And then more recently launching in four European markets as well. So, I think one of the things that really characterises Cazoo, was that we did amazing big genre-busting proposition-changing projects in very, very rapid timescales that other companies would have spent years doing. I’ve never worked anywhere so fast where you really deliver that quickly. And all the time, we were growing the team as well. My initial team was about seven or eight people including some Product Managers, Product Designers, a User Researcher. And we grew and recruited a team that I think at its peak, got to about 110 people. And this growth matched Cazoo itself which got to probably about 4,500 people at its peak. So we were doing all that big stuff, as well as the company expanding at real pace all the time.


Yes, it certainly kept you busy! That's been an amazing experience. What would be your top tips for other Product Directors or people working in that space in a scale-up going through anything like that?

I've got three tips and I think they're relevant regardless of whether you're going through crazy growth like that or not.

"If you can get people behind common goals (...) you're going to go much, much faster and you will deliver results."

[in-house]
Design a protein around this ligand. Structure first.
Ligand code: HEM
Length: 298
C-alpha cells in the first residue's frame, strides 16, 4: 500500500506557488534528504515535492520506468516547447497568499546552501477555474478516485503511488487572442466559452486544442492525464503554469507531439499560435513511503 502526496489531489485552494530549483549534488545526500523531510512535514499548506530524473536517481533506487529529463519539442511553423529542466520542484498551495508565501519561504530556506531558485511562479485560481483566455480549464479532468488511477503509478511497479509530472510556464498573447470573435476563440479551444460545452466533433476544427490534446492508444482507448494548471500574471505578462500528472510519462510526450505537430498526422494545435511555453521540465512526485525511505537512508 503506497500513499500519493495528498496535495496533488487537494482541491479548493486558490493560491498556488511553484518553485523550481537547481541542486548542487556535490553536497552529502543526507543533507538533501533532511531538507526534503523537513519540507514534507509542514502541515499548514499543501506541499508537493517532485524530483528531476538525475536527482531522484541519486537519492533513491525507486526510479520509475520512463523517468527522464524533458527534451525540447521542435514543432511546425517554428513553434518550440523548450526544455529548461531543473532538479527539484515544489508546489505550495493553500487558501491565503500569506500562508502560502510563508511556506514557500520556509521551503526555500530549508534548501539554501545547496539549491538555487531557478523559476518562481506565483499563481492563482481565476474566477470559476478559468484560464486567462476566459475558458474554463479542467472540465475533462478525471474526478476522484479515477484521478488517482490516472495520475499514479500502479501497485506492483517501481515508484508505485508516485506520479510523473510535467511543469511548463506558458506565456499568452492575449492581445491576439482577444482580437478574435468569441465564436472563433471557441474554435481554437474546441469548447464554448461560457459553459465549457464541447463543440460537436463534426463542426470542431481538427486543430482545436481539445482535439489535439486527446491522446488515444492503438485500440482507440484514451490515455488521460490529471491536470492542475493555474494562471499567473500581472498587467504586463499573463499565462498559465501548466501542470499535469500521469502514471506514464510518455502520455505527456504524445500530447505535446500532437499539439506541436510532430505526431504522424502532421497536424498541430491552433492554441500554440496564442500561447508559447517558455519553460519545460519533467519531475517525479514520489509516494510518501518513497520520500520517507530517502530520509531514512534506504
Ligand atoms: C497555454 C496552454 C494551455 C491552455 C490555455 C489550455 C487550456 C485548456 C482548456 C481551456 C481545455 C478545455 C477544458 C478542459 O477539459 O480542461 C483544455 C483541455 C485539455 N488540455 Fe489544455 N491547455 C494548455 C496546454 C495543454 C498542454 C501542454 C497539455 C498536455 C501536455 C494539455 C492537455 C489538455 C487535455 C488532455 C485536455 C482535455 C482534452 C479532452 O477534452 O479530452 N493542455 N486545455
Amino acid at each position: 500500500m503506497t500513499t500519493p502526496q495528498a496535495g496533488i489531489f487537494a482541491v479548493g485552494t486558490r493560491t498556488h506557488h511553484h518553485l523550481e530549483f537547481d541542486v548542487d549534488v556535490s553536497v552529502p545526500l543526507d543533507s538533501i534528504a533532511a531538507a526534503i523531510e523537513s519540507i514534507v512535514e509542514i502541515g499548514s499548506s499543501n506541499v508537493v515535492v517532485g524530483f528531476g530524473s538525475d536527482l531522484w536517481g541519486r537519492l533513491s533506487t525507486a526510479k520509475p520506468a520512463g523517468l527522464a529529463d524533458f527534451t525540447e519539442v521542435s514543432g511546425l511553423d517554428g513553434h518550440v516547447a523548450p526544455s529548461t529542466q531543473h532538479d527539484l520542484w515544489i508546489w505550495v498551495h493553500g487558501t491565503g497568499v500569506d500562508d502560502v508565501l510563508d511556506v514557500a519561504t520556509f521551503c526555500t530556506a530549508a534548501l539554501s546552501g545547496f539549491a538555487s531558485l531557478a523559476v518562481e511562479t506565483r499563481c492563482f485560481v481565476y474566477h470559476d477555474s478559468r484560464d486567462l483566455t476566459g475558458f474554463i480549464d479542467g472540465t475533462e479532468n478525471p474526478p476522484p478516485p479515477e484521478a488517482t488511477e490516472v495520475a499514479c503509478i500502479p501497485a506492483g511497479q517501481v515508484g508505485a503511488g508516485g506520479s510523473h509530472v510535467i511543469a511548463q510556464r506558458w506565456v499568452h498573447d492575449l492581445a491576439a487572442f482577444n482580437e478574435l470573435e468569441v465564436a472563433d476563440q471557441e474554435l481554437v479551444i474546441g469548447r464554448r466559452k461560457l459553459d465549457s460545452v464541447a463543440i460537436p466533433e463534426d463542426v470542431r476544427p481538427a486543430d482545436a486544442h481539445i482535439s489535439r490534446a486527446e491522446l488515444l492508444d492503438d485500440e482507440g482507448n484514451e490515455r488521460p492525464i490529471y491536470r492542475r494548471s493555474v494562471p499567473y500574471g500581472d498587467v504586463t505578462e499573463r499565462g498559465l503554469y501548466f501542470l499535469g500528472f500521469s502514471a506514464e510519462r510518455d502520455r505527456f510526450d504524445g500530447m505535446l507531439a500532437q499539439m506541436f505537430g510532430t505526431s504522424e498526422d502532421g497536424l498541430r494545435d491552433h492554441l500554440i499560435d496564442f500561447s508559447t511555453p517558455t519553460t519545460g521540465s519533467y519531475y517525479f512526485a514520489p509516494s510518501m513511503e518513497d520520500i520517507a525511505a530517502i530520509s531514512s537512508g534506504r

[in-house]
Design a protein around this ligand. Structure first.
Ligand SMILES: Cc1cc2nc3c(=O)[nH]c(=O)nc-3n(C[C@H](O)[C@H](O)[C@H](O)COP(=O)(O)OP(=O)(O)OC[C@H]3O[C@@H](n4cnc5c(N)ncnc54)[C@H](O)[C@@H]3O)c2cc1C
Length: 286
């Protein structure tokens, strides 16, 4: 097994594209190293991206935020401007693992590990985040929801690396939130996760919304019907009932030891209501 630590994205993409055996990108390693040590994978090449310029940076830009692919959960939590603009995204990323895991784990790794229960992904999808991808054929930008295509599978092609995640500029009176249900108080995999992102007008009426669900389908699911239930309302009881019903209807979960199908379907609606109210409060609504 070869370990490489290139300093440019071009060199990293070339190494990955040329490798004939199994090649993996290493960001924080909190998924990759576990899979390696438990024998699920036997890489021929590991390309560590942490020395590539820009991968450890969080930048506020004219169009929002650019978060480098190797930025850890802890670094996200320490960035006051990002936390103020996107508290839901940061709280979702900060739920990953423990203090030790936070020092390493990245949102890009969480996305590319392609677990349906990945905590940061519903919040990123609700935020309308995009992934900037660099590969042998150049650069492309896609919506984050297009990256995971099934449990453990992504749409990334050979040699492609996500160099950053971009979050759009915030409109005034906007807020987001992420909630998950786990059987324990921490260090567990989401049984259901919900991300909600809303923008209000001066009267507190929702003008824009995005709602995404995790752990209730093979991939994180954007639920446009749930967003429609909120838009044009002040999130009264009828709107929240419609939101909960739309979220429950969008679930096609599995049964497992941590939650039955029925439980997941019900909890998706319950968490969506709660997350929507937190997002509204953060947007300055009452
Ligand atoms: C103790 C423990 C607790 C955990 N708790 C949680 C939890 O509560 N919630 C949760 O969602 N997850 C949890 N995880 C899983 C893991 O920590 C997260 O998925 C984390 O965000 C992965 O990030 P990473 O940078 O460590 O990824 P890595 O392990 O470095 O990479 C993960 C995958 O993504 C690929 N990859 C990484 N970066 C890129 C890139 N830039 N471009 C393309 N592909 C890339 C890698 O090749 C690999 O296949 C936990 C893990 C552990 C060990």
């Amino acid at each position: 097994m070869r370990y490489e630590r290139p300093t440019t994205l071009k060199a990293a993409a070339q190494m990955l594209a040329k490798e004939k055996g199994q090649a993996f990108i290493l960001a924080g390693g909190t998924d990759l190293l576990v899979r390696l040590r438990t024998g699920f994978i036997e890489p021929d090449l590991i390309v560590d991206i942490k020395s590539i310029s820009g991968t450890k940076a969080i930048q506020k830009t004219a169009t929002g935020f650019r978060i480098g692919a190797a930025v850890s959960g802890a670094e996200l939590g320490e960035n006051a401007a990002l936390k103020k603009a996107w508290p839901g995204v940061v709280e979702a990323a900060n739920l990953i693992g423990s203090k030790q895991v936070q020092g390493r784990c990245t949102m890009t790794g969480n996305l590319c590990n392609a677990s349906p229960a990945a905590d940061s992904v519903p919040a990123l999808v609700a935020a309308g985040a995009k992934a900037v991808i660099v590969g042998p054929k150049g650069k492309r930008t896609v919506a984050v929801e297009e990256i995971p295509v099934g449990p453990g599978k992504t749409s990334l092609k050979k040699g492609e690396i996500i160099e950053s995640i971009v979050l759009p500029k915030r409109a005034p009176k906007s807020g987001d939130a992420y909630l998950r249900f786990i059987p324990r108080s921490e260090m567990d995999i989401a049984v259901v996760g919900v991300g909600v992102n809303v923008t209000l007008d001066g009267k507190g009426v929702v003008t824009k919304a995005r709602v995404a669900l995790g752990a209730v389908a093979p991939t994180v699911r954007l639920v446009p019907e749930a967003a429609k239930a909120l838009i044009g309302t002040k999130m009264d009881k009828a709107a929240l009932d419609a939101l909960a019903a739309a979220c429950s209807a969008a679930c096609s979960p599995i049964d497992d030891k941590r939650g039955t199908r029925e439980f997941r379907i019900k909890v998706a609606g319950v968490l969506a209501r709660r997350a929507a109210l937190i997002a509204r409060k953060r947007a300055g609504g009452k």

The first one – and I think one of the things that made us very successful in what we did, was a really strong focus on common goals across the company, having united outcomes. All those propositions I mentioned involved pretty much everyone across the company and we had a very clear set of OKRs that we were driving to, that would be the outcome of doing these things. And I think by having that clarity of focus at any one time across the whole company, it really helps us all work together in a much more aligned way. More than I've seen in other companies where often you've got people doing multiple different things and they're often working against each other or at opposite ends. And it was quite amazing that we managed to keep that going. You'd expect to be aligned when you launch a business for the first big hurrah, but the fact that we were able to keep doing that after launch, was down to that focus on common goals. If you can get people behind the common goals on the big stuff, and you're all working on that, I really believe you're going to go much, much faster and you will deliver results.

"Expect to make loads of mistakes (...)You have to persevere in the face of all of those failures, but with the learning you get from it, you will eventually break through and find something that works."